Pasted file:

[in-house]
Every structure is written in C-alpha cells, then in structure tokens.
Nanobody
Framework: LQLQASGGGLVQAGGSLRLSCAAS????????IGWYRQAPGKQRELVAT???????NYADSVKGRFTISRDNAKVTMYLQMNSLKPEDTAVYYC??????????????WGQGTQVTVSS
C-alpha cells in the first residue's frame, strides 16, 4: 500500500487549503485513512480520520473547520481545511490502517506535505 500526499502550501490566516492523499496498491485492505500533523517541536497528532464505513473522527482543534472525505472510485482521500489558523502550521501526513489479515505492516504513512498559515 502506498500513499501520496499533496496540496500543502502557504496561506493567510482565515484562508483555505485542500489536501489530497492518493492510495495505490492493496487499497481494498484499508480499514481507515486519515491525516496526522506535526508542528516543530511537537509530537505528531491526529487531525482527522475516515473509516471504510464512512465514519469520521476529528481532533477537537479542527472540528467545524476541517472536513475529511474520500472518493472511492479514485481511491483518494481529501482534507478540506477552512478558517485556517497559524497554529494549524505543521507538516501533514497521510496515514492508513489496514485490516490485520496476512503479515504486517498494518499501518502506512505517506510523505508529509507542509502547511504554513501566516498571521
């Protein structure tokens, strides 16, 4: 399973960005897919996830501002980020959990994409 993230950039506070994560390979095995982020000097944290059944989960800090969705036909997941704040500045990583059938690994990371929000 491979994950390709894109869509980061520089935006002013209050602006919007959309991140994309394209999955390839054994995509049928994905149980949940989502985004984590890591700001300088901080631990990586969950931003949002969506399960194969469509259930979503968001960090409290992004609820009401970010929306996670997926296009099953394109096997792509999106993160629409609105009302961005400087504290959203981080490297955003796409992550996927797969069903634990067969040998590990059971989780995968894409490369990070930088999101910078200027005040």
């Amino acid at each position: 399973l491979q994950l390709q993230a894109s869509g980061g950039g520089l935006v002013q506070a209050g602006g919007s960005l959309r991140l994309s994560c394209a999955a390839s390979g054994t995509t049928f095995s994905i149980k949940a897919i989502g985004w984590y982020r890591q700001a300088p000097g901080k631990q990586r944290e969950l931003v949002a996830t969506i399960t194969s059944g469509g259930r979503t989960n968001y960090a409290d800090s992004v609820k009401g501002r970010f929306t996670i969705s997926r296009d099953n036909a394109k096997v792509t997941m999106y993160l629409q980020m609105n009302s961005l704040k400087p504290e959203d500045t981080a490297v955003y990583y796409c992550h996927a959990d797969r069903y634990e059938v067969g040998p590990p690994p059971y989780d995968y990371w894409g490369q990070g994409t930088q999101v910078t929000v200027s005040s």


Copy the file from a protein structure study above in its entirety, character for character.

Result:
[in-house]
Every structure is written in C-alpha cells, then in structure tokens.
Nanobody
Framework: LQLQASGGGLVQAGGSLRLSCAAS????????IGWYRQAPGKQRELVAT???????NYADSVKGRFTISRDNAKVTMYLQMNSLKPEDTAVYYC??????????????WGQGTQVTVSS
C-alpha cells in the first residue's frame, strides 16, 4: 500500500487549503485513512480520520473547520481545511490502517506535505 500526499502550501490566516492523499496498491485492505500533523517541536497528532464505513473522527482543534472525505472510485482521500489558523502550521501526513489479515505492516504513512498559515 502506498500513499501520496499533496496540496500543502502557504496561506493567510482565515484562508483555505485542500489536501489530497492518493492510495495505490492493496487499497481494498484499508480499514481507515486519515491525516496526522506535526508542528516543530511537537509530537505528531491526529487531525482527522475516515473509516471504510464512512465514519469520521476529528481532533477537537479542527472540528467545524476541517472536513475529511474520500472518493472511492479514485481511491483518494481529501482534507478540506477552512478558517485556517497559524497554529494549524505543521507538516501533514497521510496515514492508513489496514485490516490485520496476512503479515504486517498494518499501518502506512505517506510523505508529509507542509502547511504554513501566516498571521
């Protein structure tokens, strides 16, 4: 399973960005897919996830501002980020959990994409 993230950039506070994560390979095995982020000097944290059944989960800090969705036909997941704040500045990583059938690994990371929000 491979994950390709894109869509980061520089935006002013209050602006919007959309991140994309394209999955390839054994995509049928994905149980949940989502985004984590890591700001300088901080631990990586969950931003949002969506399960194969469509259930979503968001960090409290992004609820009401970010929306996670997926296009099953394109096997792509999106993160629409609105009302961005400087504290959203981080490297955003796409992550996927797969069903634990067969040998590990059971989780995968894409490369990070930088999101910078200027005040």
């Amino acid at each position: 399973l491979q994950l390709q993230a894109s869509g980061g950039g520089l935006v002013q506070a209050g602006g919007s960005l959309r991140l994309s994560c394209a999955a390839s390979g054994t995509t049928f095995s994905i149980k949940a897919i989502g985004w984590y982020r890591q700001a300088p000097g901080k631990q990586r944290e969950l931003v949002a996830t969506i399960t194969s059944g469509g259930r979503t989960n968001y960090a409290d800090s992004v609820k009401g501002r970010f929306t996670i969705s997926r296009d099953n036909a394109k096997v792509t997941m999106y993160l629409q980020m609105n009302s961005l704040k400087p504290e959203d500045t981080a490297v955003y990583y796409c992550h996927a959990d797969r069903y634990e059938v067969g040998p590990p690994p059971y989780d995968y990371w894409g490369q990070g994409t930088q999101v910078t929000v200027s005040s």